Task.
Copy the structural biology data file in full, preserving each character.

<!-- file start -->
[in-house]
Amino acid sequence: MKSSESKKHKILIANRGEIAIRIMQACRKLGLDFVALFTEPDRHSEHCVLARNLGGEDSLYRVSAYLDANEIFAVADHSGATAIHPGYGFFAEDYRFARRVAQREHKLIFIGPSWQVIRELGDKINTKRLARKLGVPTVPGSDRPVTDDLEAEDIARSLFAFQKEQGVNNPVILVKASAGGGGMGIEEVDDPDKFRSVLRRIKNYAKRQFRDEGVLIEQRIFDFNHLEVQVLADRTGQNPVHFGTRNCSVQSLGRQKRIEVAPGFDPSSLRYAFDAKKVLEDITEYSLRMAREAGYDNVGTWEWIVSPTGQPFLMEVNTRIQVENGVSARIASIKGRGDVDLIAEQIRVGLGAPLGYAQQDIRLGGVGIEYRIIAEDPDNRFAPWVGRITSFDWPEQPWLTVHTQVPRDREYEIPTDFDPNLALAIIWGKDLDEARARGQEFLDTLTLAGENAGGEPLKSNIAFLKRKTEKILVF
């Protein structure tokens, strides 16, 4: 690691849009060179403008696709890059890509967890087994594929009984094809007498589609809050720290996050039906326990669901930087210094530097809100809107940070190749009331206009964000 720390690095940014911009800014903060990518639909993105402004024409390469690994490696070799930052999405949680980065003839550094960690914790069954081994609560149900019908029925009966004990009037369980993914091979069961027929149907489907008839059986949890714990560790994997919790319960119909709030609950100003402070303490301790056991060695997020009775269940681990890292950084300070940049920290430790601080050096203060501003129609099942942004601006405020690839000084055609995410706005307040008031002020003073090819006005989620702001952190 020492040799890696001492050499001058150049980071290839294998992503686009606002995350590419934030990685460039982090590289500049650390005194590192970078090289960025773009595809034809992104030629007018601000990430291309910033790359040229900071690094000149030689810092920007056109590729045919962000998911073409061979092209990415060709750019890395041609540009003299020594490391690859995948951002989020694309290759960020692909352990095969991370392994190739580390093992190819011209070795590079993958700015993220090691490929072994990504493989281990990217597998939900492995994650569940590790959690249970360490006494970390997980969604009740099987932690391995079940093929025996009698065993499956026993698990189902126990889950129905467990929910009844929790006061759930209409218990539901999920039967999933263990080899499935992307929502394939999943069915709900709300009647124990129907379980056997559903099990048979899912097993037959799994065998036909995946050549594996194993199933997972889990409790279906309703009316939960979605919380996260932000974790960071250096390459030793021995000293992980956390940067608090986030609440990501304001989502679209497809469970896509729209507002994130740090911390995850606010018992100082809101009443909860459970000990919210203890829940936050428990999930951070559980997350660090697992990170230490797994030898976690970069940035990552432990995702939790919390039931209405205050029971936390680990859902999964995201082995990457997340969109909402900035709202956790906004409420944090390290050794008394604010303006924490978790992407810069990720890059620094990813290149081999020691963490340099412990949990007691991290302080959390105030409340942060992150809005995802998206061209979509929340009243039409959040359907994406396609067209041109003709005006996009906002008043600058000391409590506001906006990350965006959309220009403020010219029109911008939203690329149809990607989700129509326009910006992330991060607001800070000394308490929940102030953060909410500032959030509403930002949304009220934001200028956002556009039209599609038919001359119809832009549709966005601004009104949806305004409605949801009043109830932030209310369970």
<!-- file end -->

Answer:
[in-house]
Amino acid sequence: MKSSESKKHKILIANRGEIAIRIMQACRKLGLDFVALFTEPDRHSEHCVLARNLGGEDSLYRVSAYLDANEIFAVADHSGATAIHPGYGFFAEDYRFARRVAQREHKLIFIGPSWQVIRELGDKINTKRLARKLGVPTVPGSDRPVTDDLEAEDIARSLFAFQKEQGVNNPVILVKASAGGGGMGIEEVDDPDKFRSVLRRIKNYAKRQFRDEGVLIEQRIFDFNHLEVQVLADRTGQNPVHFGTRNCSVQSLGRQKRIEVAPGFDPSSLRYAFDAKKVLEDITEYSLRMAREAGYDNVGTWEWIVSPTGQPFLMEVNTRIQVENGVSARIASIKGRGDVDLIAEQIRVGLGAPLGYAQQDIRLGGVGIEYRIIAEDPDNRFAPWVGRITSFDWPEQPWLTVHTQVPRDREYEIPTDFDPNLALAIIWGKDLDEARARGQEFLDTLTLAGENAGGEPLKSNIAFLKRKTEKILVF
């Protein structure tokens, strides 16, 4: 690691849009060179403008696709890059890509967890087994594929009984094809007498589609809050720290996050039906326990669901930087210094530097809100809107940070190749009331206009964000 720390690095940014911009800014903060990518639909993105402004024409390469690994490696070799930052999405949680980065003839550094960690914790069954081994609560149900019908029925009966004990009037369980993914091979069961027929149907489907008839059986949890714990560790994997919790319960119909709030609950100003402070303490301790056991060695997020009775269940681990890292950084300070940049920290430790601080050096203060501003129609099942942004601006405020690839000084055609995410706005307040008031002020003073090819006005989620702001952190 020492040799890696001492050499001058150049980071290839294998992503686009606002995350590419934030990685460039982090590289500049650390005194590192970078090289960025773009595809034809992104030629007018601000990430291309910033790359040229900071690094000149030689810092920007056109590729045919962000998911073409061979092209990415060709750019890395041609540009003299020594490391690859995948951002989020694309290759960020692909352990095969991370392994190739580390093992190819011209070795590079993958700015993220090691490929072994990504493989281990990217597998939900492995994650569940590790959690249970360490006494970390997980969604009740099987932690391995079940093929025996009698065993499956026993698990189902126990889950129905467990929910009844929790006061759930209409218990539901999920039967999933263990080899499935992307929502394939999943069915709900709300009647124990129907379980056997559903099990048979899912097993037959799994065998036909995946050549594996194993199933997972889990409790279906309703009316939960979605919380996260932000974790960071250096390459030793021995000293992980956390940067608090986030609440990501304001989502679209497809469970896509729209507002994130740090911390995850606010018992100082809101009443909860459970000990919210203890829940936050428990999930951070559980997350660090697992990170230490797994030898976690970069940035990552432990995702939790919390039931209405205050029971936390680990859902999964995201082995990457997340969109909402900035709202956790906004409420944090390290050794008394604010303006924490978790992407810069990720890059620094990813290149081999020691963490340099412990949990007691991290302080959390105030409340942060992150809005995802998206061209979509929340009243039409959040359907994406396609067209041109003709005006996009906002008043600058000391409590506001906006990350965006959309220009403020010219029109911008939203690329149809990607989700129509326009910006992330991060607001800070000394308490929940102030953060909410500032959030509403930002949304009220934001200028956002556009039209599609038919001359119809832009549709966005601004009104949806305004409605949801009043109830932030209310369970």